Re: [URGENT] test is next week 2
Here's one guide for parallelism: At some point in the sentence, you have to be able to change the order of the elements and have the sentence remain grammatical. The things I put in brackets need to change places and still work grammatically.
1. More people are visiting museums [in the US] than [in Canada] -- Although the semantic meaning changes, it still works grammatically. This sentence is fine as is.
2. With her [command of pathos and tragedy] and [being humorous], George Eliot is considered to be a great English novelist.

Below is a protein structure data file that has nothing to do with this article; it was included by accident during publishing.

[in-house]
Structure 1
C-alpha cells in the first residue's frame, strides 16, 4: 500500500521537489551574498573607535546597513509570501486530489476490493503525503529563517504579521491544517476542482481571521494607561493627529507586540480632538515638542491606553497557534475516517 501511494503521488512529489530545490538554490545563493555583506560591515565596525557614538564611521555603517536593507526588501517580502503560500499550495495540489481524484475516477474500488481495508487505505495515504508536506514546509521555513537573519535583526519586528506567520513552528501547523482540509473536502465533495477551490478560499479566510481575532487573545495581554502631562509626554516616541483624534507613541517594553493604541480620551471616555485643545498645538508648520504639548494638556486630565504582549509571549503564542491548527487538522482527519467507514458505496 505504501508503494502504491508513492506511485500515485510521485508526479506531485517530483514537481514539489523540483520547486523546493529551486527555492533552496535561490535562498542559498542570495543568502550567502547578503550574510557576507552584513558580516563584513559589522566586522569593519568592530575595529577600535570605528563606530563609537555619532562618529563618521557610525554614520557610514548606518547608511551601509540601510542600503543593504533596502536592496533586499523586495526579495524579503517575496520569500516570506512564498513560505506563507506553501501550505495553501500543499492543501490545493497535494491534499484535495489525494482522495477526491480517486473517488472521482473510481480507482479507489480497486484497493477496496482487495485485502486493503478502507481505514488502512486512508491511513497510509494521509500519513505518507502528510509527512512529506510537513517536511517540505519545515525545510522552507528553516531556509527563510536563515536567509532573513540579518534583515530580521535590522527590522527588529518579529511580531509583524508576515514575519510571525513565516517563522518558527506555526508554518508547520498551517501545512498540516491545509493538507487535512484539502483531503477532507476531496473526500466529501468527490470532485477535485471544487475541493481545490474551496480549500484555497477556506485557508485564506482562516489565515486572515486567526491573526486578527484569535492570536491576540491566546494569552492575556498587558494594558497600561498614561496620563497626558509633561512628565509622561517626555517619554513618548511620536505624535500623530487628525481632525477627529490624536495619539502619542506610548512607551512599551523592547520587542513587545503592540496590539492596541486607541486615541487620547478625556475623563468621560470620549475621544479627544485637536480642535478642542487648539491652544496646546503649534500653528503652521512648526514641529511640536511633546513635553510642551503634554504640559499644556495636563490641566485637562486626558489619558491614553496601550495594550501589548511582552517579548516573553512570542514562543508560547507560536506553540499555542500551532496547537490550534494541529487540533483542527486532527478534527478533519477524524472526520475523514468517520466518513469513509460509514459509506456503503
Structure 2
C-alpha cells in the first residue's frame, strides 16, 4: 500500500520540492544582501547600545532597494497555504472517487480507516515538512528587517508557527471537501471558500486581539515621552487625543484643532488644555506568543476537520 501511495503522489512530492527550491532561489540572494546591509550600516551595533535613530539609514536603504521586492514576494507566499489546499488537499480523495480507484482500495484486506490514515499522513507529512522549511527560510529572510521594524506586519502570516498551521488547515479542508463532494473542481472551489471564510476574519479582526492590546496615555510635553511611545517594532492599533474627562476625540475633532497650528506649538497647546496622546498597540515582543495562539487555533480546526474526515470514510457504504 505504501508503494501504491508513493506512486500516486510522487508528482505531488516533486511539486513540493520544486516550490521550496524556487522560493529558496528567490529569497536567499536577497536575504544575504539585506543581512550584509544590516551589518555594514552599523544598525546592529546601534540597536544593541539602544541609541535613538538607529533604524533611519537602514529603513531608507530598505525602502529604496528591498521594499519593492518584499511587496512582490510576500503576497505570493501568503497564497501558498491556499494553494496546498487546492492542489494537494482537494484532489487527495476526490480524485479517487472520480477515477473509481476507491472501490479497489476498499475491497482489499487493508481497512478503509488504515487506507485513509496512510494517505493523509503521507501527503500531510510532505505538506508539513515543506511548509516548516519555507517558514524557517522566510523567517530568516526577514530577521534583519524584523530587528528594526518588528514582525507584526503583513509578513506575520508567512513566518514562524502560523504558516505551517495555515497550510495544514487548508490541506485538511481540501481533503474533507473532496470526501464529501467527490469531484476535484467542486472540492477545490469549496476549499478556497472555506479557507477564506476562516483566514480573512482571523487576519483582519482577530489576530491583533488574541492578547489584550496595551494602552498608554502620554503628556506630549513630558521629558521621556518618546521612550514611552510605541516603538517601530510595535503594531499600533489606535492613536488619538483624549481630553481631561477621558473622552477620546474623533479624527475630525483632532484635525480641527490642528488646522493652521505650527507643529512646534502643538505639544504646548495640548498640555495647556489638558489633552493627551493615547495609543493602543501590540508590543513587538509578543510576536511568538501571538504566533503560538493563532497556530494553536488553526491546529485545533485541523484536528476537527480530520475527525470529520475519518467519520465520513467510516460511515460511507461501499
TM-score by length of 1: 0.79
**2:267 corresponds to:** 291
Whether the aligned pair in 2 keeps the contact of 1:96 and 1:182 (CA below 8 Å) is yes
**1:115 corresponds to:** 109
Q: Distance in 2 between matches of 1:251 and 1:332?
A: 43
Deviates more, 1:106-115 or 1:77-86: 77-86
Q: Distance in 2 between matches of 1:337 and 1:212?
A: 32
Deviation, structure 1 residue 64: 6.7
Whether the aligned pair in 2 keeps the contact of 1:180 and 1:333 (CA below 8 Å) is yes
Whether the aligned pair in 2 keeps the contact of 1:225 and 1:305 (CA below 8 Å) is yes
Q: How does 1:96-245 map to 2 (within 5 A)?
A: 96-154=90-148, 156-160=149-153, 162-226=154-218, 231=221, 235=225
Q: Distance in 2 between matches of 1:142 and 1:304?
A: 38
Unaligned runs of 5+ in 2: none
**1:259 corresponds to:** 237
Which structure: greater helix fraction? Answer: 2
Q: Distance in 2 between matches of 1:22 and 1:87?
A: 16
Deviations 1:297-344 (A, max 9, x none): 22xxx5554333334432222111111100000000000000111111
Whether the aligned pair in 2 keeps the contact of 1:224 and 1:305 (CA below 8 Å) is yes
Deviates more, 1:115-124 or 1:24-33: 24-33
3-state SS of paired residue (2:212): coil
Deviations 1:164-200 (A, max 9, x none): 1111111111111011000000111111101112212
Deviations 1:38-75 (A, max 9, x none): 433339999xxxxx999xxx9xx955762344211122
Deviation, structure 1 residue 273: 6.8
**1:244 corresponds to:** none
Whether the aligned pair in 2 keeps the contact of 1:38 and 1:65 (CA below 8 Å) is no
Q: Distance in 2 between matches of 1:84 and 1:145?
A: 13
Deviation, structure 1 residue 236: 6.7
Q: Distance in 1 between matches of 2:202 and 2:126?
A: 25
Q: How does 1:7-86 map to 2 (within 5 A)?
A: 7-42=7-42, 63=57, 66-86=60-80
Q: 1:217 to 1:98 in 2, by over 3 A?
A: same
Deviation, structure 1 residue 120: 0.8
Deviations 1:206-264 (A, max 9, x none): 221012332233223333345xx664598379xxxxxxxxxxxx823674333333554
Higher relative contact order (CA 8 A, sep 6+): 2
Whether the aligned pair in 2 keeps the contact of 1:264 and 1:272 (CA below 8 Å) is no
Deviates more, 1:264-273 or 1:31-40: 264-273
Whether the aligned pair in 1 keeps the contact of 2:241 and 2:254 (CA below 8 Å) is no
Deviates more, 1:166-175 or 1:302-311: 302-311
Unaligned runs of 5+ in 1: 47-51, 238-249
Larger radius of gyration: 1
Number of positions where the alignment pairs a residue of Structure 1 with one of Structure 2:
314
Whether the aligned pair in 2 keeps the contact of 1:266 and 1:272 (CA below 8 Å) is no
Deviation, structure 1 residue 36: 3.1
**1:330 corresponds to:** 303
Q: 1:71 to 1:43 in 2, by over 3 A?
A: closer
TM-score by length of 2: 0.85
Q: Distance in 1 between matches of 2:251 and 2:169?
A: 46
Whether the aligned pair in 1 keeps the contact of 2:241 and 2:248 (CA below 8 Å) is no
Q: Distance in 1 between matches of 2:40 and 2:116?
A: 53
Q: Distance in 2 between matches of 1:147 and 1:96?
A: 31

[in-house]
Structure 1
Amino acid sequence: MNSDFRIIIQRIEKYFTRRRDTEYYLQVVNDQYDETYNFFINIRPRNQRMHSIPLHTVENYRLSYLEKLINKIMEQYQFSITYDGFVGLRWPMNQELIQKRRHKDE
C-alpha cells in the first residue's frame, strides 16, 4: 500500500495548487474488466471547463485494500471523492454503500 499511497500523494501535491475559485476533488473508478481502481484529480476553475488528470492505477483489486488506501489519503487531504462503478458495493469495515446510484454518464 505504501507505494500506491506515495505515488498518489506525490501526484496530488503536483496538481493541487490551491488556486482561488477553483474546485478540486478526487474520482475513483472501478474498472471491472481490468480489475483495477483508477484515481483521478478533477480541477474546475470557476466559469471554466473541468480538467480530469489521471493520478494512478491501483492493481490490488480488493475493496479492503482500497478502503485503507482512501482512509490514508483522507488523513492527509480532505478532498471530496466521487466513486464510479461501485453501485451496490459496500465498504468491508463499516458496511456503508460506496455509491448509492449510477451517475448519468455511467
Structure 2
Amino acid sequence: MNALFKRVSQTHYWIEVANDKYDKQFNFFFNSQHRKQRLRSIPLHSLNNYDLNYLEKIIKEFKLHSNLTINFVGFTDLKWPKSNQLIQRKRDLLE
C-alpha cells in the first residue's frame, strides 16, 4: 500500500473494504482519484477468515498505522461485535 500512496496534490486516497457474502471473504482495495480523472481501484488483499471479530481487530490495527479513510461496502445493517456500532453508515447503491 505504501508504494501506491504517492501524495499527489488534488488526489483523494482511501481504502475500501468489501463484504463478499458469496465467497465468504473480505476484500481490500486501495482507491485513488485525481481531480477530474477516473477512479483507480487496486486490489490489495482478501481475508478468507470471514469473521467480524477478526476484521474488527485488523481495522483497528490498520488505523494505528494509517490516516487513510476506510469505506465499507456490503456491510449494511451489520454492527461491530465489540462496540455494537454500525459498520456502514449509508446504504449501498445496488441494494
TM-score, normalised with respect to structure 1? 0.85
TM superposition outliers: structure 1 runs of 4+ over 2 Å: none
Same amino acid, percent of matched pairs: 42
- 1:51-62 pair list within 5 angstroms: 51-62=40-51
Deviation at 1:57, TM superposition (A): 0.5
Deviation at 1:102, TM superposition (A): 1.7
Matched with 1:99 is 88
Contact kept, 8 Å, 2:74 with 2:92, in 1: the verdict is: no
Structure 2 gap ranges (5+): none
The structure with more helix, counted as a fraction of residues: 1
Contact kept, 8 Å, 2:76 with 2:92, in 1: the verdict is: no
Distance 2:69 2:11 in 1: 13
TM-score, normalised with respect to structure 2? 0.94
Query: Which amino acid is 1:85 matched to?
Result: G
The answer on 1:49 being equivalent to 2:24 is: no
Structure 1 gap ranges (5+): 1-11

Would you naturally say "With her being humorous, George Eliot is..."?
How could you rewrite "being humorous" to match "command of pathos and tragedy"? Perhaps "sense of humor" or "ability to express humor"?
Or, you could say "With her command of [pathos], [tragedy], and [the art of injecting humor into her writing], etc.
3. The labor union is negotiating a contract with the hospital that will [satisfy the demands of the workers] and [be acceptable to all levels of management].
-> I think here, the parallelism is between "that will satisfy" and "be acceptable to".
Why there is no need to put "will" before "be acceptable"? -- Does the bracketing help answer your question?
I'm not a teacher, but I write for a living. Please don't ask me about 2nd conditionals, but I'm a safe bet for what reads well in (American) English.